You Can’t Get These 5 Nutrients From Plant Foods


Focusing on plant-based meals and maintaining a vegan lifestyle is a healthy way of getting nutrients into our system. It is however unfortunate that a few essential and non-essential nutrients cannot be gotten (either in adequate amounts or at all) from these plants and lacking certain nutrients can result in serious health conditions or diseases.

This then makes it a thing of utmost importance, that we become aware of the foods we eat and the nutrients we derive from them. By doing so, we get to identify the missing nutrients and effectively substitute them with similar supplements.

There are five particular nutrients that have been discovered to be absent in plants – they include;

  • Vitamin B12

Vitamin B12, also known as cobalamin, is one nutrient that is exclusively found in only animal food sources like meat, dairy products, fish, and eggs. This vitamin is known to perform various developmental and maintenance functions in the body without which serious ailments such as mental decline, heart problems, chronic fatigue, and neurological issues could occur. Apart from the animal sources, you can get this nutrient from fortified foods and vitamin B12 supplements.

READ ALSO: Clear Your Cloudy, Hazy Mind With These Foods

  • Vitamin D3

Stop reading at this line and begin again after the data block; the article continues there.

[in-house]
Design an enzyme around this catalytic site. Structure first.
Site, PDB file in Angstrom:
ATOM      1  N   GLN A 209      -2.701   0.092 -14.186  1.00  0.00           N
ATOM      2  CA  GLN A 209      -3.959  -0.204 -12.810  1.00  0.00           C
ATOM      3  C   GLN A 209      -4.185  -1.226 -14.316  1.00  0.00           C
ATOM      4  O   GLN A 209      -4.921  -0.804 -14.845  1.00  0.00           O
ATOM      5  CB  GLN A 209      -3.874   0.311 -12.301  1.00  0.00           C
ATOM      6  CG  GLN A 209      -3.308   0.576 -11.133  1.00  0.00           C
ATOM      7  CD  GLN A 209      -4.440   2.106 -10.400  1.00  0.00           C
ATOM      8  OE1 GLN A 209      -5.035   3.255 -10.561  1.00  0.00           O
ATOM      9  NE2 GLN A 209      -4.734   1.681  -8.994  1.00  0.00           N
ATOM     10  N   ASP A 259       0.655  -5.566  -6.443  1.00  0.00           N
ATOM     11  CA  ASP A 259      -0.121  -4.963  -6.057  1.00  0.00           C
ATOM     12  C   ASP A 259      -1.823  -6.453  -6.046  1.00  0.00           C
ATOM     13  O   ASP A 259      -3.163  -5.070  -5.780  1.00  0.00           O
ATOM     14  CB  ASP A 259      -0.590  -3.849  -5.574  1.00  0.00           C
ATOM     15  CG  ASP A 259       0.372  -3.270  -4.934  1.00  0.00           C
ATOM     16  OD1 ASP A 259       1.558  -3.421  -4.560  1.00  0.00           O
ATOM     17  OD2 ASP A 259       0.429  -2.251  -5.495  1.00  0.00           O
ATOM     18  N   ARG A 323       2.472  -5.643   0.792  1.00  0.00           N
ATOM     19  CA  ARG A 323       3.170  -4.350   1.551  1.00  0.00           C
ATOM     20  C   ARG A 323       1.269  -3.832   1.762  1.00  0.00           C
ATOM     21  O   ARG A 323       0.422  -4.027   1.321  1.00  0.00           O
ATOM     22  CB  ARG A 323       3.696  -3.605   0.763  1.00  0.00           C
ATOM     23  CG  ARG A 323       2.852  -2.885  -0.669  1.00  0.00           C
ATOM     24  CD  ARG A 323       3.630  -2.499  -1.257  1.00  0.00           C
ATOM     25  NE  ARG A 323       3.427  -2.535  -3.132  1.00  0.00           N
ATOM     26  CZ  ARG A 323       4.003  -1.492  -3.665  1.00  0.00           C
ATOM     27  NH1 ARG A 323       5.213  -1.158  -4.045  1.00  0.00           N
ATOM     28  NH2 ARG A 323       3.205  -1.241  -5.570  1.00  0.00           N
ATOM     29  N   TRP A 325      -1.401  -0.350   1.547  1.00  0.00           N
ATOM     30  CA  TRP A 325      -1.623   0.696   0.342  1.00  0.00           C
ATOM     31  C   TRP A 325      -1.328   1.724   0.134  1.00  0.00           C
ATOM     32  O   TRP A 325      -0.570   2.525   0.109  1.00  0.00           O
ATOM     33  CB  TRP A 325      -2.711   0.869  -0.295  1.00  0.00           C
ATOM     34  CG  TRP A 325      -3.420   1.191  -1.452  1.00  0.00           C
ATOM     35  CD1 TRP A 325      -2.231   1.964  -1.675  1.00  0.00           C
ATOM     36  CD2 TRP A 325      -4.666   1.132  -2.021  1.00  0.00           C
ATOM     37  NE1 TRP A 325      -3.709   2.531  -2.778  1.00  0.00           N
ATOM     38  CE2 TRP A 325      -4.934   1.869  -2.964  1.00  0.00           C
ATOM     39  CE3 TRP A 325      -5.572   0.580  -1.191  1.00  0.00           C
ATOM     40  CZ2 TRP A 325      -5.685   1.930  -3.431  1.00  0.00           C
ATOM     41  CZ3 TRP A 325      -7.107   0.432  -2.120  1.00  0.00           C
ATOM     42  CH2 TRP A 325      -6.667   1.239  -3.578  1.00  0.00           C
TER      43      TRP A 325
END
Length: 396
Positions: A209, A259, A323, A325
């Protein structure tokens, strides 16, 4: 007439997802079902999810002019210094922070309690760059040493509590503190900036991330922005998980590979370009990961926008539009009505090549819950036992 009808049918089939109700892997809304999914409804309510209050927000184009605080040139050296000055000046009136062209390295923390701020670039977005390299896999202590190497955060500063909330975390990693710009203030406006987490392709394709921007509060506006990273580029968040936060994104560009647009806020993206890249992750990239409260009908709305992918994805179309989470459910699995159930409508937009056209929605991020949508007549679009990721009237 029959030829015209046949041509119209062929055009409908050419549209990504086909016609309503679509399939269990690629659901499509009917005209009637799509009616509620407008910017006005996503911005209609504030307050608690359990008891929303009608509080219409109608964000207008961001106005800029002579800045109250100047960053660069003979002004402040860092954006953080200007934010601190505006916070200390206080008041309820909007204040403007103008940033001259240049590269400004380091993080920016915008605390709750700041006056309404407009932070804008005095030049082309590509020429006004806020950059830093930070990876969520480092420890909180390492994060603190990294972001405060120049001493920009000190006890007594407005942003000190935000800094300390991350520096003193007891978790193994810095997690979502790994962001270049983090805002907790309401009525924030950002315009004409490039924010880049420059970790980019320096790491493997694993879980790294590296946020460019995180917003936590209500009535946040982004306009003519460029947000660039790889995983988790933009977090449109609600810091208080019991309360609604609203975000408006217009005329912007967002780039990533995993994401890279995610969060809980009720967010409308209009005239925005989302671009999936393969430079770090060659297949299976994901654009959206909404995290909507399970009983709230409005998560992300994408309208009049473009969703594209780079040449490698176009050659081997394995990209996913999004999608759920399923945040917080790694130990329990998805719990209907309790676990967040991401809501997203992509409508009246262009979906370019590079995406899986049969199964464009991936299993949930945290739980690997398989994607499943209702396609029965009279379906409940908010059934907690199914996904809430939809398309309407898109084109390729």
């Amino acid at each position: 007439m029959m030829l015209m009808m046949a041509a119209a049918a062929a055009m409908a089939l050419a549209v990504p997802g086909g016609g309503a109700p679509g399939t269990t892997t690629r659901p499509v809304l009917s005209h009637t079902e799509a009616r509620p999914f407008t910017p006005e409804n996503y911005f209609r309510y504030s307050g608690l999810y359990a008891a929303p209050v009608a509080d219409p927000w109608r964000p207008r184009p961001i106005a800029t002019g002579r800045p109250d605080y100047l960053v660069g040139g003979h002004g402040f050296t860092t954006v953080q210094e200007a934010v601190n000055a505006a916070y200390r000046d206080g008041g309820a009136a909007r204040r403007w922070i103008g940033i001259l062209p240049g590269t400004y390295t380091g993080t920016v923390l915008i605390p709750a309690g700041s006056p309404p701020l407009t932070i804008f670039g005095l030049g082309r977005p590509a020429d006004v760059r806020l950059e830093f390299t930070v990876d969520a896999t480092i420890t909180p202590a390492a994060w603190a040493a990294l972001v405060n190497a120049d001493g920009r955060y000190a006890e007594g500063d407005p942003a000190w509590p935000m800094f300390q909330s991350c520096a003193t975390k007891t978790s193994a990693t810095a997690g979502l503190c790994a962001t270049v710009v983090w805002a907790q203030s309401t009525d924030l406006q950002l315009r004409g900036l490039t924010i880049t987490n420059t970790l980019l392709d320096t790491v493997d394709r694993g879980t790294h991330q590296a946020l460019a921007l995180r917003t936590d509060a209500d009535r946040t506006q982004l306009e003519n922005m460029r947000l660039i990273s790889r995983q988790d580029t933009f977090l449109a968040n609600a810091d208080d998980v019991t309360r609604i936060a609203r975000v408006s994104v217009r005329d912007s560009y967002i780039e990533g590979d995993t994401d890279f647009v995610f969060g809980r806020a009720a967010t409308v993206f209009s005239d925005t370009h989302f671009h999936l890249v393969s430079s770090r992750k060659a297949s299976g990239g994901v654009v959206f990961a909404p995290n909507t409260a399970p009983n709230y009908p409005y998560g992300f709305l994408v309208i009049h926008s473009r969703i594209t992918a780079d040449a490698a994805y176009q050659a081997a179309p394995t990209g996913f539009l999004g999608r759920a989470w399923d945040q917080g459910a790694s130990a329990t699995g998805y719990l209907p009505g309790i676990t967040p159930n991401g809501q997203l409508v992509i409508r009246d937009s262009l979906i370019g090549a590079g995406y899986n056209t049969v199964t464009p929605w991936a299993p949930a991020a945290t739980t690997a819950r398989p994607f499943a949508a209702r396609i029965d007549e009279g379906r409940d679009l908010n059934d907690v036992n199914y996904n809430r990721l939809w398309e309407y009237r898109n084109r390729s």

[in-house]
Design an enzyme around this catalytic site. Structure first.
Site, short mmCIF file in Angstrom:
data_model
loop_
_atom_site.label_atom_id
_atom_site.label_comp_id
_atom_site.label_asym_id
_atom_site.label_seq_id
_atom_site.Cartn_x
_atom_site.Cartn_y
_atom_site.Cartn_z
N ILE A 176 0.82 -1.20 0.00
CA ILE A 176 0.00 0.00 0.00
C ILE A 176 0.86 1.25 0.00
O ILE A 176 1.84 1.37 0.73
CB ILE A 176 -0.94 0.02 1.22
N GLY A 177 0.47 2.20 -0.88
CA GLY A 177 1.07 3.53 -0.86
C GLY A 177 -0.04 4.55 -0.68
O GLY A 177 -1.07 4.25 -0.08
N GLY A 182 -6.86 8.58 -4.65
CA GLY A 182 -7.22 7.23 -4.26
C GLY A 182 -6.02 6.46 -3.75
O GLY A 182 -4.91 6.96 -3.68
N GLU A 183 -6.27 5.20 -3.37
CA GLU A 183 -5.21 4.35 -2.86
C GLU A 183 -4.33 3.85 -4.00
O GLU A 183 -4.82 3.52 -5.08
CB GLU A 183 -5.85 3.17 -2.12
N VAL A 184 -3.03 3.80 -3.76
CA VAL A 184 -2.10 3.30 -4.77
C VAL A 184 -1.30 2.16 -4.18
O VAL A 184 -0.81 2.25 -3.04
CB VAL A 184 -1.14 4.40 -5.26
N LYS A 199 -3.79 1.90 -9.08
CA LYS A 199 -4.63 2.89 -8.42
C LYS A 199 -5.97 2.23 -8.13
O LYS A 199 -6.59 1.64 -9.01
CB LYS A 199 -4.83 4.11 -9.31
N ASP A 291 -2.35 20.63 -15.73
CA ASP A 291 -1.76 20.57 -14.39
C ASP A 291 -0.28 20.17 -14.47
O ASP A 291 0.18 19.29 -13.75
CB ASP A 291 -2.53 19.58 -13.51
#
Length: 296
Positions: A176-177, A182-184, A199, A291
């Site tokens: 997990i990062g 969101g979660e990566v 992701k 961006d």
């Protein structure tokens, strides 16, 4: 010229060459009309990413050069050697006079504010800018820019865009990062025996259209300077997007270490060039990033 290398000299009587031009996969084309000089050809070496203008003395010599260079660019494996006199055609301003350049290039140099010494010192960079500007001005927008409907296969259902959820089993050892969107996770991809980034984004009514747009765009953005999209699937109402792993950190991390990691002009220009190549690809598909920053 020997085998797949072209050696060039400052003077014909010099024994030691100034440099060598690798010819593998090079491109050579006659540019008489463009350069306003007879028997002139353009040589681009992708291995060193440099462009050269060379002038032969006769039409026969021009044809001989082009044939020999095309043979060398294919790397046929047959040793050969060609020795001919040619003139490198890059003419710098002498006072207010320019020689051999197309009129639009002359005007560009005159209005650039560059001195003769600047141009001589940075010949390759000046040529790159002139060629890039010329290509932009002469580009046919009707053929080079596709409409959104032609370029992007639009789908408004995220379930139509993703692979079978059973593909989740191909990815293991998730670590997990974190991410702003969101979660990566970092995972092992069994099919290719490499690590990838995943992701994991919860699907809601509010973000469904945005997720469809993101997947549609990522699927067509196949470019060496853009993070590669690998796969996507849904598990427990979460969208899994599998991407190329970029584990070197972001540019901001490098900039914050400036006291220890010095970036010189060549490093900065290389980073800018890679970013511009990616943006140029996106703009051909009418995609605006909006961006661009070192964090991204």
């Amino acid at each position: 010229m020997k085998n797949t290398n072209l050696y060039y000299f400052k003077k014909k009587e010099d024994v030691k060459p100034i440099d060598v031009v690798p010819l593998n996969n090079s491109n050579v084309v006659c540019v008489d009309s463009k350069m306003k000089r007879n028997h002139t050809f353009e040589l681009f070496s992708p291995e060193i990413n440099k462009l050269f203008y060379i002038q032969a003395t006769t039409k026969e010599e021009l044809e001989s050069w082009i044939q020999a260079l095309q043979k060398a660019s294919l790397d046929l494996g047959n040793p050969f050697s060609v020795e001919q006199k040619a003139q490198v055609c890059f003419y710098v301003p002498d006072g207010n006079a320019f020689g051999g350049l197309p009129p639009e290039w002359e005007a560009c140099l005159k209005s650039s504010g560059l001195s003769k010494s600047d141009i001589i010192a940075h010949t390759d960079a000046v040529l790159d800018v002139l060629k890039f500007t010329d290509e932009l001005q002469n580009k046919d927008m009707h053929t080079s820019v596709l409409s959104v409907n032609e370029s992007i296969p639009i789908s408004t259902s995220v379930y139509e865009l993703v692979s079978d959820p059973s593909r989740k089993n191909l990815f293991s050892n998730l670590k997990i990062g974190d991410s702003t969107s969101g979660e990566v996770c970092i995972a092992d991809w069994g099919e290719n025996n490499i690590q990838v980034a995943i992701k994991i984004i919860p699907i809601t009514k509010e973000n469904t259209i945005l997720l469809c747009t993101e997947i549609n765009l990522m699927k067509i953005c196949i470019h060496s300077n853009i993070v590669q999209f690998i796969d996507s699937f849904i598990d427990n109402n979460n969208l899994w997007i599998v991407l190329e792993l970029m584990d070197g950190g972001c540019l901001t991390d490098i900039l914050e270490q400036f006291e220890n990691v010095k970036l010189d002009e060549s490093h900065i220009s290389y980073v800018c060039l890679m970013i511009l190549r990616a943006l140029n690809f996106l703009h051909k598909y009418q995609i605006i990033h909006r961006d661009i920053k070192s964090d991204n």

Sunshine blesses us with enough amounts of vitamin D, however, we might not always find ourselves under the sunlight. We can replenish with vitamin D3. It is found in aminal food sources like egg yolks and fish. Supplement sources include fortified cereals or milk and cod liver oil.

  • Heme iron

This particular iron is commonly found in red meats and it is better absorbed than non-heme iron gotten from plants.

  • Creatine

Creatine is found in concentrated amounts within the muscles and brain. This bioactive molecule plays an important role in muscle building and brain function. Although creatine can be produced by the liver, absenting it from your diet can lead to a deficiency. As a vegan, you can include creatine supplements into your diet.

  • Carnosine

A powerful antioxidant, carnosine is naturally found in the brain and muscles of animals. It serves important functions – boosting muscle performance. Carnosine can also be formed in the body by certain amino acids, histidine, and beta-alanine. Studies have shown that non-vegetarian persons may have more amounts of the nutrient than vegetarians. The main sources of carnosine include meat, fish, and poultry.

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